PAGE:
"With insomnia nothing's real. Everything is far away. Everything is a copy of a copy of a copy."
These are the words of the chronically fatigued narrator in the 1999 movie Fight Club, describing a problem that more than 35 million Americans experience, according to yourmedicalsource.com. Although insomnia's effects may not necessarily be contributing to the establishment of an underground boxing club or attempts to destroy corporate America, they can still be dangerous for those who wrestle with the sleeping disorder.
Insomnia can be especially problematic for students because of their sleeping schedules, said Steve Ross, a clinical psychologist and the clinical coordinator at the University Counseling Center.
"As much as possible try to stick to a sleep schedule," Ross said. "I understand as a student that might not always be possible."
Susan Hawkins is a 21-year-old Denver resident who has had insomnia since her freshman year of college and has had to battle with some of its side effects.
"If I don't sleep for a couple days I will start seeing things," Hawkins said. "When I'm driving at night and there is water on the road I will think it is an animal and it will startle me."
Ross said insomnia's side effects could range from poorer psychological and physiological health to mental deterioration.
"Extreme sleep depravation can result in psychosis, hallucination and delusion," Ross said. "It can be pretty significant."
Insomnia can be caused by poor nutritional choices, caffeine and sugar intake, anxiety, stress, depression, and exercise too close to bedtime.
Hawkins' insomnia developed after she was diagnosed with some of the lead causes of insomnia.
"I was diagnosed with depression when I was 12, but I also developed anxiety toward my later years in high school, and then in my sophomore year of college I started having panic attacks," Hawkins said. "The insomnia (probably started) because of the anxiety that I was diagnosed with a couple years ago."
Denise Proulx, an energy healer with Wholistic Health Options, 3525 Winslow Drive, said people could develop sleeping disorders from things that surround them every day, both positive and negative.
"Even if it's good stress like getting a job promotion (it can sffect sleep)," Proulx said. "It can be anything that throws you out of balance."
Susan Mead, a local medical herbalist who owns her own business, believes that the often overlooked and neglected cause of insomnia is liver congestion.
"There are so many chemicals in our food, water and air that we tend to have our livers pretty congested," Mead said. "Especially if you're partying too much on the weekend and tend to only have sleep problems a couple of days after you've been partying a lot, that could be a sign of a congested liver."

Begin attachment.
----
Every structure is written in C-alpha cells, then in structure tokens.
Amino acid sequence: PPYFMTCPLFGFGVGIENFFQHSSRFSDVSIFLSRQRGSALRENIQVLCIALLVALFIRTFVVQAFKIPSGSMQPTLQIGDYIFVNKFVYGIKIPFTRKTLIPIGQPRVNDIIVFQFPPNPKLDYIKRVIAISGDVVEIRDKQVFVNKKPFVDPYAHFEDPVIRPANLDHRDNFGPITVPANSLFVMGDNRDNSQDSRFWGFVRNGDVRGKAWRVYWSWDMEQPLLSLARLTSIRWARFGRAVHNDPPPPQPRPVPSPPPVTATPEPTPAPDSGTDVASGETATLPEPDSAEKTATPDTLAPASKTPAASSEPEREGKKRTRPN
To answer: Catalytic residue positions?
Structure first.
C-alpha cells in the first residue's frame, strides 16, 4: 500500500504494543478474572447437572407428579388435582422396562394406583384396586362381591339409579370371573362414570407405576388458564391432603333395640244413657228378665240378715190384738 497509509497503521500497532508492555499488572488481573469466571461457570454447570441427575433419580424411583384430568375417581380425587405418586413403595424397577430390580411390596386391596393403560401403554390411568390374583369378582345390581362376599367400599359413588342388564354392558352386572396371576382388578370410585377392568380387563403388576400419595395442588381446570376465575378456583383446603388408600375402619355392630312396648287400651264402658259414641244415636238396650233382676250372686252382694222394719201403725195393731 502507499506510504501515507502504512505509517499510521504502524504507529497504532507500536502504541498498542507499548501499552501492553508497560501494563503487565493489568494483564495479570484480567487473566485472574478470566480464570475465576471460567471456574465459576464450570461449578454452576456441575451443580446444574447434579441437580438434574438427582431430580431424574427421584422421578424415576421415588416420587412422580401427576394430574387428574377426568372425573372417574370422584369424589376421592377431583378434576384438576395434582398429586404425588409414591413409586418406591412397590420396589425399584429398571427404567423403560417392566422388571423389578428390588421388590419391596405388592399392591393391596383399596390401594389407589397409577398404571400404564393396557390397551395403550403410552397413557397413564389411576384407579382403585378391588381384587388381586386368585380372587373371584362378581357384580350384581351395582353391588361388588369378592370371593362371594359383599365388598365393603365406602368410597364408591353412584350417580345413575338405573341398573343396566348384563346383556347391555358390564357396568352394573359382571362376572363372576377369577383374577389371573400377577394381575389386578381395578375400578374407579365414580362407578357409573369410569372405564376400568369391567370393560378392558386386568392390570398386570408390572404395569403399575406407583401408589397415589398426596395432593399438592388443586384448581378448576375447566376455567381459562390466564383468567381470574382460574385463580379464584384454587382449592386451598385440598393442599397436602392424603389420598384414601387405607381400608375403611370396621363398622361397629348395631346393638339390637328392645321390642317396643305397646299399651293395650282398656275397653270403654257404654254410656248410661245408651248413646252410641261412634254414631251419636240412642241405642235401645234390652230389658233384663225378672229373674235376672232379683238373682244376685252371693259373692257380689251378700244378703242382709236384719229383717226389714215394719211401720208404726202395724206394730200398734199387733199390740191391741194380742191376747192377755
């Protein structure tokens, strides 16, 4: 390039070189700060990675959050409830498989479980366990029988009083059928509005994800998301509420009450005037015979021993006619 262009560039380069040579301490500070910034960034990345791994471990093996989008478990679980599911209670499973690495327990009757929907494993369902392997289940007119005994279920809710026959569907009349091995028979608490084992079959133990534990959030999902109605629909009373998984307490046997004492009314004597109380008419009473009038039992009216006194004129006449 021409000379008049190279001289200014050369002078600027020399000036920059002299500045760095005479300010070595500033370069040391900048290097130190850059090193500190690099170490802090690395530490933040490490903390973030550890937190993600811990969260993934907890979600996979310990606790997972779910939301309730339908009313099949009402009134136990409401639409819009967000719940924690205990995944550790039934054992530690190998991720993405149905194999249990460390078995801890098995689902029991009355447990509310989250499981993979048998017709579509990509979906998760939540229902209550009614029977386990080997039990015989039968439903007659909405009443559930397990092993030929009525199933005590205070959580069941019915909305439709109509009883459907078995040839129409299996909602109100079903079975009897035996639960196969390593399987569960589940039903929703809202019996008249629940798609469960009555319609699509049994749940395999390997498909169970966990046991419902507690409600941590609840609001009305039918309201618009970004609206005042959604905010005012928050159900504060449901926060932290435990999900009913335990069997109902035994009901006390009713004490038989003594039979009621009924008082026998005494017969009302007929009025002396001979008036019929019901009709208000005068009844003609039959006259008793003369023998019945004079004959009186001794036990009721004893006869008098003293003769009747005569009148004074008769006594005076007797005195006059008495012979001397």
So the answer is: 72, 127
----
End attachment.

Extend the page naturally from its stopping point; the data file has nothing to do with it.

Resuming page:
After having insomnia or going through a period without quality sleep, getting back on schedule is not as simples as sleeping in on the weekends.
"People build up a sleep debt, which is not something you can catch up on (during) the weekend," Ross said. "It's not that quick. It takes a while to balance the system back out."
There are a lot of options to help with insomnia. However, some of the pharmaceutical remedies can have side effects. Ross said most medications are not a permanent solution.
"The ones that are used as prescription medications, like Ambien, are only intended for short-term use; they don't promote a healthy sleep cycle," Ross said. "It tends to just knock you out."
Mead has also seen some of her clients develop an addiction to pharmacy drugs.
"I know a number of people who said that they felt like they became addicted to the sleep aids even as quickly as four to seven nights," Mead said.
When going the natural route to cure sleep loss, some people will need to try a range of different methods to find an effective one or go talk to an herbal or nutritional specialist.
Ron Stern, a nutritional consultant who owns his own Fort Collins business, suggested trying out calcium/magnesium pills or drinking more milk, which has the two minerals already in it.
"It's a natural muscle relaxer," Stern said. "That's why drinking a warm glass of milk before bedtime helps you relax."
Mead, on the other hand, considers the use of Nettle tea as an initial plan.
"With these dry Nettles, if you make a strong tea that you let steep for at least four hours, it's very supportive of the adrenal gland," Mead said. "Very often I see that insomnia has to do with stressed-out adrenal glands, especially for people who are waking up between 1 and 4 in the morning."
Sometimes it can be as simple as having the right sleeping accessories.
"Obviously choosing the right mattress and pillow will be a part of good sleep hygiene," Ross said.